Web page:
So I went ahead and signed up for some of these service desks. They were public, after all. Pretty soon I discovered that these service desks should never have been exposed, looking at their titles only. The screenshots below are real, but slightly modified in order to remove references to affected companies (with permission).

Just one of the hundreds of ‘internal’ service portals exposed to the internet

The example above is very similar to the numerous instances I tested. The support portals cover various topics, such as HR, internal IT troubleshooting, Developer Operations, Office Helpdesks, Data & Privacy Requests, Information Security, UX, Marketing, Data Science, …

All of these portals would contain various sub-topics with common requests internal employees can create:

I won’t flood this blog with screenshots of company’s internal service portals, but here’s a selection of things I’ve seen:

  • Getting new access badges to the physical office delivered
  • Onboarding new employees
  • Requesting salary changes
  • Requesting information about employees
  • Requesting information about customers
  • Requesting changes to online assets or webpages
  • Requesting access to social media channels
  • Requesting access to internal tools
  • Requesting internal security assessment reports
  • Unblocking users
  • Resetting multi-factor authentication
  • Declaring expenses
  • Initiating a GDPR request for a customer
  • VPN whitelisting
  • Requesting execution of queries on the database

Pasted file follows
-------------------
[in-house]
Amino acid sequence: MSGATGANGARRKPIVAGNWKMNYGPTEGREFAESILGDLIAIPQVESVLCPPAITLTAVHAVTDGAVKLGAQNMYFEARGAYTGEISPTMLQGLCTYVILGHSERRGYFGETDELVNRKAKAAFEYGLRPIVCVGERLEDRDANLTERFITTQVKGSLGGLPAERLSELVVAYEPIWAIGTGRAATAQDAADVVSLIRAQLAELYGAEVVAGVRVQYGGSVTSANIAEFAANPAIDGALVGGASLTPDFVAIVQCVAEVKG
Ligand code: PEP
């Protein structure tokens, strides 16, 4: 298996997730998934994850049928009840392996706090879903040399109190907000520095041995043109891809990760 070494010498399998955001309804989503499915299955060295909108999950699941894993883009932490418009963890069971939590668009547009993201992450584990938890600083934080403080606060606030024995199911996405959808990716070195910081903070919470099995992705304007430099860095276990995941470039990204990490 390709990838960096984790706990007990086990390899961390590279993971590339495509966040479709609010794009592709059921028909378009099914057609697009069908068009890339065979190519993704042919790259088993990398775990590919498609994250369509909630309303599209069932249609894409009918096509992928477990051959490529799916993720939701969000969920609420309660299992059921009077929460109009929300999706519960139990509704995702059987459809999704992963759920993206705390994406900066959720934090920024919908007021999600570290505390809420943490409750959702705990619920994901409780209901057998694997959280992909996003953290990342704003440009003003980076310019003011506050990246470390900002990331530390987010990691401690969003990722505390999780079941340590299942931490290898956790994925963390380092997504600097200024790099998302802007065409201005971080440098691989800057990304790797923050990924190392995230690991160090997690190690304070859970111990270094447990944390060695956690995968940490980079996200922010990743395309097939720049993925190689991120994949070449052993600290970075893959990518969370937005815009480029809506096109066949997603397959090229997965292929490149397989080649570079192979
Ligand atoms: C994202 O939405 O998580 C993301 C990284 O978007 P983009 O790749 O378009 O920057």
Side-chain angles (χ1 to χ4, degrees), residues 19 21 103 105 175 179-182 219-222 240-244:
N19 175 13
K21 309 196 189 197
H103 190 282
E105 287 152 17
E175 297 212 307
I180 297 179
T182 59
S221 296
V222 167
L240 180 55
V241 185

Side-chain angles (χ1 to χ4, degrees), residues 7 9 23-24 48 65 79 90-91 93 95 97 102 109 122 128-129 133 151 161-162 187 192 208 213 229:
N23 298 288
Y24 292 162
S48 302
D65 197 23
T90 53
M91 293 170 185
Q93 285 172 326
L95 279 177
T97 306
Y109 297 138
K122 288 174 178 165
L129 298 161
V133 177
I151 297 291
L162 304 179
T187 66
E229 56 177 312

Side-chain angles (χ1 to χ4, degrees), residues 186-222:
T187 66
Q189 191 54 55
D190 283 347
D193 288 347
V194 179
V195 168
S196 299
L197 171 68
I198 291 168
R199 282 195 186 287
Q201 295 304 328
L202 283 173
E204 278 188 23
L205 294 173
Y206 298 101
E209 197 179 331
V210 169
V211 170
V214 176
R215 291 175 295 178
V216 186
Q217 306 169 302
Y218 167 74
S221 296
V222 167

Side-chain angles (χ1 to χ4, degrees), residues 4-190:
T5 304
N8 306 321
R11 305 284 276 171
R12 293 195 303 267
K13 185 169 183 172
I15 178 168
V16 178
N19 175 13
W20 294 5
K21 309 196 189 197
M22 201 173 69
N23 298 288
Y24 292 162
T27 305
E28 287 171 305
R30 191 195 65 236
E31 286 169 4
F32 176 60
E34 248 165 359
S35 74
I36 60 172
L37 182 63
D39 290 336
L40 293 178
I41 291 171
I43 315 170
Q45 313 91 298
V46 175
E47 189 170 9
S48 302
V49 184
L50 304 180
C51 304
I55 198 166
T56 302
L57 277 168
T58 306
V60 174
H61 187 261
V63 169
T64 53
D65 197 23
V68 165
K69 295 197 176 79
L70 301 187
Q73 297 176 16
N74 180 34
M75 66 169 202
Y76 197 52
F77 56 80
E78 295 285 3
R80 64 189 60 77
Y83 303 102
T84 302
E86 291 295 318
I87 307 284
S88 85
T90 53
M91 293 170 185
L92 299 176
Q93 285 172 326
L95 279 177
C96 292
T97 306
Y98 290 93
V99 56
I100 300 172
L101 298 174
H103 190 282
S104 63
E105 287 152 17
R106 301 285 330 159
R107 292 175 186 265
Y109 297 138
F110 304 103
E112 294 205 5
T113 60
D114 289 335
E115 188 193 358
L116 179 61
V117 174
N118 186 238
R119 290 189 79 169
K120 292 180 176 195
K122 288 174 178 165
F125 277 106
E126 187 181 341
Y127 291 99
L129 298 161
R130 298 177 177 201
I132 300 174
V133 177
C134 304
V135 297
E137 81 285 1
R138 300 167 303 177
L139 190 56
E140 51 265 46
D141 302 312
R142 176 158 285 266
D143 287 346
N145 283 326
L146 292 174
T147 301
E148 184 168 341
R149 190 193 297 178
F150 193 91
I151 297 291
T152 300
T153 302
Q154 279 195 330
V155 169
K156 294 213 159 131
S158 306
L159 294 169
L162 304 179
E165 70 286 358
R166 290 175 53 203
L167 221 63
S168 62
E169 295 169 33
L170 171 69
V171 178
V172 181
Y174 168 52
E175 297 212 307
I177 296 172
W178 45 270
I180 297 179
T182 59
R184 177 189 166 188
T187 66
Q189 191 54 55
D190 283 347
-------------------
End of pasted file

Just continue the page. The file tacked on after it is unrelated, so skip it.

• Requesting code to be executed on the company’s web server

Misconfigured servicedesks leaking tons of PII

About one third of the servicedesks I joined allowed me to assign tickets to other users. In certain configurations, where users are created for any inbound support e-mail (with their display name automatically set to their e-mail address), this would leak the e-mail addresses of every user that has interacted with the external support channels as well.

Some misconfigured service desks would leak (customer) e-mail addresses through the ‘assign’ functionality
A servicedesk accidentally leaking personal e-mail addresses of its customers

The aftermath: from being ignored to $10,000

Since the only thing I had to do was check whether a signup page existed or not, I could easily test this for hundreds of companies without the risk of getting into legal trouble: the service desks were public, after all. Once I had identified possible victims, the disclosure process was painful to say the least: more than 85% of all vulnerable companies did not have a way for me to responsibly disclose a vulnerability to them. Of course, I could create an internal ticket myself in this case, but I’m not sure how that would have been perceived from a legal perspective. In some cases, I went through the hustle of contacting the external customer service, but about half of all reach-outs did not get escalated.

Over the past few weeks, I have worked with around 25 companies to properly secure their service desk. At least one had noticed other rogue accounts except for mine, so it seems like more hackers are aware of this configuration flaw as well.

The impact assessments greatly varied from accepted risk to critical. Some companies decided to award a monetary reward, ranging from €50 to $10,000 (In the latter case, I would have been able to run malicious code through submitting a code execution request their service desk).

Whether you offer rewards for security bugs or not, every company should have a policy and contact for individuals to report security vulnerabilities to them. Thousands of internal service desks are most likely still exposed, simply because I had no escalate this to the right people, as an outsider.